I am writing about the article “Protest Amplifies Discussion of Race on Campus” that appeared in the December 2016 issue. I was struck by a quote from Addison Bates ’18, one of 400 demonstrators demanding changes in the Reed curriculum and the hiring of more tenured black professors. Ms. Bates said: “Our goal is to move our institution away from perpetuating racism and towards perpetuating antiracism.” I think that this statement is mistaken because it is empty of any concrete content and rather irresponsible.
The article provides data of a higher dropout rate for black students than white students at Reed. Unfortunately, the partial statistics presented in the article ignore other sociological categories, such as wealth, or students that do not fit into the black and white mold.
Also absent in the article are the following words or phrases: poverty, inequality, contingent labor and part-time work as the new “normal,” poverty wages, the student loan crisis, Wall Street and capitalism. This is unfortunate because those terms could contribute an economic and class explanation of the plight of student, lower middle-class, and working-class youth in campuses and cities across the nation. A recent news item, for instance, reports on colleges setting up food banks for impoverished students. A survey of 3,000 college students published in October by Students Against Hunger indicates that an astounding 48% have faced food insecurity.
Earlier this month, economists Thomas Piketty, Emmanuel Saez, and Gabriel Zucman, leading experts on global inequality, released a groundbreaking study on the growth of income inequality in the United States between 1946 and 2016. The conclusions are staggering: Since the mid-1970s there has occurred one of the most rapid upward redistributions of income in modern history, for any country. The U.S. is now the most economically and socially unequal advanced nation in this entire planet.
The phenomenon of homeless students has also become more common; “One sees them discretely washing their teeth and themselves in the college restrooms in the morning,” one student told me during a Thanksgiving dinner for impoverished community college students given by a community church in California. Homelessness and the housing crisis go hand in hand; in Seattle, students are being asked to pay upwards of $700 a month for rooms the size of a parking lot stall. Median rents in Oakland, California, are now topping $3,000 a month.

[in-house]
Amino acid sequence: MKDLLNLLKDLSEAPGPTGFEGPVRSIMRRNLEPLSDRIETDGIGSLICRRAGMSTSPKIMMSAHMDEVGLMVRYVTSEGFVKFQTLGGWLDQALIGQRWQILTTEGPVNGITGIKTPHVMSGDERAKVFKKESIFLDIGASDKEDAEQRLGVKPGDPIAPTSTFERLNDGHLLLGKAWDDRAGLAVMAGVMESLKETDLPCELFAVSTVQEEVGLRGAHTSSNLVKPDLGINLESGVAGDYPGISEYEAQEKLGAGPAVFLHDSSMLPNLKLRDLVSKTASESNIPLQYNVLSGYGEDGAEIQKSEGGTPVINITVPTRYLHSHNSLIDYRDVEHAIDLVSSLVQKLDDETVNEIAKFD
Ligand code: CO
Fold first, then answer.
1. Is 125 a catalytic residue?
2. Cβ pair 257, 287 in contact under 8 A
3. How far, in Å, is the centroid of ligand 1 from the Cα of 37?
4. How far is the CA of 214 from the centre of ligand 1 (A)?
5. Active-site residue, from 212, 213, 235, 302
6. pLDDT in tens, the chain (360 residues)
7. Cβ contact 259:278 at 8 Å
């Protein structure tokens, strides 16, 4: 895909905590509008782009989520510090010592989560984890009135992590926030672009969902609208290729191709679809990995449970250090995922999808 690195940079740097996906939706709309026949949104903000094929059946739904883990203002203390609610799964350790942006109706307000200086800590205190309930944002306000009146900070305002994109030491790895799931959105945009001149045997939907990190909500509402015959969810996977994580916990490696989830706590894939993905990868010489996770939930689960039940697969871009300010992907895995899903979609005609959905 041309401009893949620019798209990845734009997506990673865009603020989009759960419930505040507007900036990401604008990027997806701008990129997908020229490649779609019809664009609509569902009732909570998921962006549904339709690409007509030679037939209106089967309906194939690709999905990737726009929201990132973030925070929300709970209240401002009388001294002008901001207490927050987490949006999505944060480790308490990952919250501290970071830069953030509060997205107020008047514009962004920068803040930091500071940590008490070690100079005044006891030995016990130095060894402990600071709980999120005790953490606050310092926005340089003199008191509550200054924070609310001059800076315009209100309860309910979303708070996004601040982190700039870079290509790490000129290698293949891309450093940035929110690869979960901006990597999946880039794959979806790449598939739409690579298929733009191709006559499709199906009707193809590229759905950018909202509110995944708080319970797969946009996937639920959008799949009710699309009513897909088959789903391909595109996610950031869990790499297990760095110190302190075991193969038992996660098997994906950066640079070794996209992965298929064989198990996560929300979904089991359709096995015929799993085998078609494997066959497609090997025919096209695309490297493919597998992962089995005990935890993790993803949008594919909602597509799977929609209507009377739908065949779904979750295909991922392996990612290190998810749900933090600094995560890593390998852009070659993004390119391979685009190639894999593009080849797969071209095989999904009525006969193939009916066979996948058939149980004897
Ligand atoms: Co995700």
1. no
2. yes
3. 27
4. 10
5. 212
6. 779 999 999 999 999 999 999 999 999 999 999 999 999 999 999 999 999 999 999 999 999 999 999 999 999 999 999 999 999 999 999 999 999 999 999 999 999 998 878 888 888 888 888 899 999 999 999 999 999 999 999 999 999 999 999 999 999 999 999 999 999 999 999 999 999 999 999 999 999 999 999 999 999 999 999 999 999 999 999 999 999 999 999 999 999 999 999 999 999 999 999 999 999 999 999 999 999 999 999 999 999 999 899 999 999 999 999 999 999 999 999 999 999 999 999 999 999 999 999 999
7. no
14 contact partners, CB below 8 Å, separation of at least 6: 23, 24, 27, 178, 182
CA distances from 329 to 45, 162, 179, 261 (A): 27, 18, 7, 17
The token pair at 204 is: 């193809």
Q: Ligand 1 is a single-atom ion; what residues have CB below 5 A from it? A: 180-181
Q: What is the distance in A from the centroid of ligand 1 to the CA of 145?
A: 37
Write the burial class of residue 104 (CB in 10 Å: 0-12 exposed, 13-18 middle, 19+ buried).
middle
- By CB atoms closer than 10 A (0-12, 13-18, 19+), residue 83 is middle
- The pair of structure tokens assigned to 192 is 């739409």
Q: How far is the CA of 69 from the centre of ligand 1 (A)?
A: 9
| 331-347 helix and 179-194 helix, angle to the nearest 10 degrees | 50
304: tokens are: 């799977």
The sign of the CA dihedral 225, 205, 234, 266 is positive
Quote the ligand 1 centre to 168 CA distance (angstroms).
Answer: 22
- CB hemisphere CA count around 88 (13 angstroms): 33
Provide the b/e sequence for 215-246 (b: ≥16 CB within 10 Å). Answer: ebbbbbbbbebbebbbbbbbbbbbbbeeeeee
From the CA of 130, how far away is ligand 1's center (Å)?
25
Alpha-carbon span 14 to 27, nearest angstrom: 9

Also left out of the equation are 25 years of imperialist wars, based on lies, being fought mostly by youth that have been forced by economic circumstances to join the military, “economic draftees.”
Surely all the above factors may help explain the low rates of graduation for black students at Reed and elsewhere.
According to another report, a layer of elderly citizens that retired on Social Security are having the student loans that they defaulted on deducted from their paltry Social Security checks, driving them below the poverty line.
I hope that this letter encourages Addison Bates and other students to see the issues that confront youth and college students in Portland and elsewhere in a larger, social context, because these are class issues. I think that those students that focus on race, which, I insist, represents a totally unscientific, totally abstract perspective, are making a mistake.
Ms. Bates has been quoted using the unfortunate phrase that Reed currently “perpetuates” racism. Those are very strong words that are not grounded in any evidence. I hope that Addison reconsiders and throws herself into a serious study, a serious campaign, really, of the economic causes and political solutions for the growing inequality, poverty, and police violence that more and more characterize our society.